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Flexing the muscles of big data

When the term 'big data' gets mentioned, what springs to mind? Massive databases? Hadoop clusters? Business analytics engines?

When the term 'big data' gets mentioned, what springs to mind? Massive databases? Hadoop clusters? Business analytics engines?

How about data aggregation systems, filters, metadata creation systems, indexers, results renderers and reporting systems? All of these should be part of a big data strategy and require different resources at different times.

For example, a user inputs a query. The requisite data required to respond to this query has to be pulled together - from formal and informal data sources. 'It all has to be normalised through processes similar to extraction, transformation and load actions (ETL) and positioned in a suitable environment for analysis to take place The analysis has to run and the visual output for the user needs to be constructed and presented to them.

The process includes some disk-intensive I/O, some computer-intensive number crunching and some network-intensive data gathering and reporting. However, these activities are not all happening at the same time.

If a business architects a physical, in-house platform, the organisation will need to create separate areas that can handle each workload specifically (with the required headroom to deal with spikes), or create a private cloud so that resources can be shared. This private cloud still needs to be constructed carefully - should any task overload the available resources, all other workloads will suffer.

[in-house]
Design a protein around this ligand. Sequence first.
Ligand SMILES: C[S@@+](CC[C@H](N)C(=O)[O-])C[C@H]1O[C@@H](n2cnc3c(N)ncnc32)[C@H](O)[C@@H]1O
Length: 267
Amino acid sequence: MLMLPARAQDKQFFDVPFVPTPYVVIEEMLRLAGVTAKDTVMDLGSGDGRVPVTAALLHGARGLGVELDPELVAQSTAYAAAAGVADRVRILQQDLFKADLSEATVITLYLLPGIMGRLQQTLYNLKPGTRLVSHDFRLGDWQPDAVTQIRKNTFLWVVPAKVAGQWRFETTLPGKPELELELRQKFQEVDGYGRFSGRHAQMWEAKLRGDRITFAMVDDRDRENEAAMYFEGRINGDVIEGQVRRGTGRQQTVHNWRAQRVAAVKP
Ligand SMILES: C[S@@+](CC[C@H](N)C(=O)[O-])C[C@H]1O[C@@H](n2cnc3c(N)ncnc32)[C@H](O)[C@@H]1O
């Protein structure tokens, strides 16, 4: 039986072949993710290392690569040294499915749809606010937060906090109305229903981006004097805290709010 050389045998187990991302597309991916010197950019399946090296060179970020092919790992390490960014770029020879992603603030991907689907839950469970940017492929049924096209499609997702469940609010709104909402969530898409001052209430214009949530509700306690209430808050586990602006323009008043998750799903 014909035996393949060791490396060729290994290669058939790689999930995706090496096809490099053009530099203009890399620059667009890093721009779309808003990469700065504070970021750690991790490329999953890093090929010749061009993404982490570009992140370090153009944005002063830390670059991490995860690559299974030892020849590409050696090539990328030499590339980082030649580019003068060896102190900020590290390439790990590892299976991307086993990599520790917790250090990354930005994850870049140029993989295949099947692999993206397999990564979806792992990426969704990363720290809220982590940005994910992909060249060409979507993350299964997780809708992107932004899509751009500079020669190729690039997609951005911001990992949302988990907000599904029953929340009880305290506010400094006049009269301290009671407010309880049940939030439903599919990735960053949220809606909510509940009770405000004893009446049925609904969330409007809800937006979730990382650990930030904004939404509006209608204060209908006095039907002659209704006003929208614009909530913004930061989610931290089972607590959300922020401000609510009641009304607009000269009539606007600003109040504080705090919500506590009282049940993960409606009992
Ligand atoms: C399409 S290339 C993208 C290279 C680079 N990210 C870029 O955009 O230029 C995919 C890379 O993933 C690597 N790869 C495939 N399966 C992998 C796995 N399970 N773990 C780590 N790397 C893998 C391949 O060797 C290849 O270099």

Instead, a public cloud platform can offer the flexibility and elasticity required for dealing with mixed big data workloads. Separate virtual areas can be set up that are optimised for specific workloads - but that can also be allocated spare capacity as necessary. The massive scale of some public clouds means that such sharing is easy and cost-effective: the likelihood of a global public cloud finding itself inadequate to meet the needs of all its workloads at any time is minuscule.

By using a public cloud, the business logic and data can be co-located with all the tools and systems that a big data environment needs. Therefore, the IT people get what they want - a fully centralised, manageable and flexible system. The users get what they want - a responsive and usable system. And finally the business gets what it wants - big data insights in the quickest time possible and with the minimum cost and effort.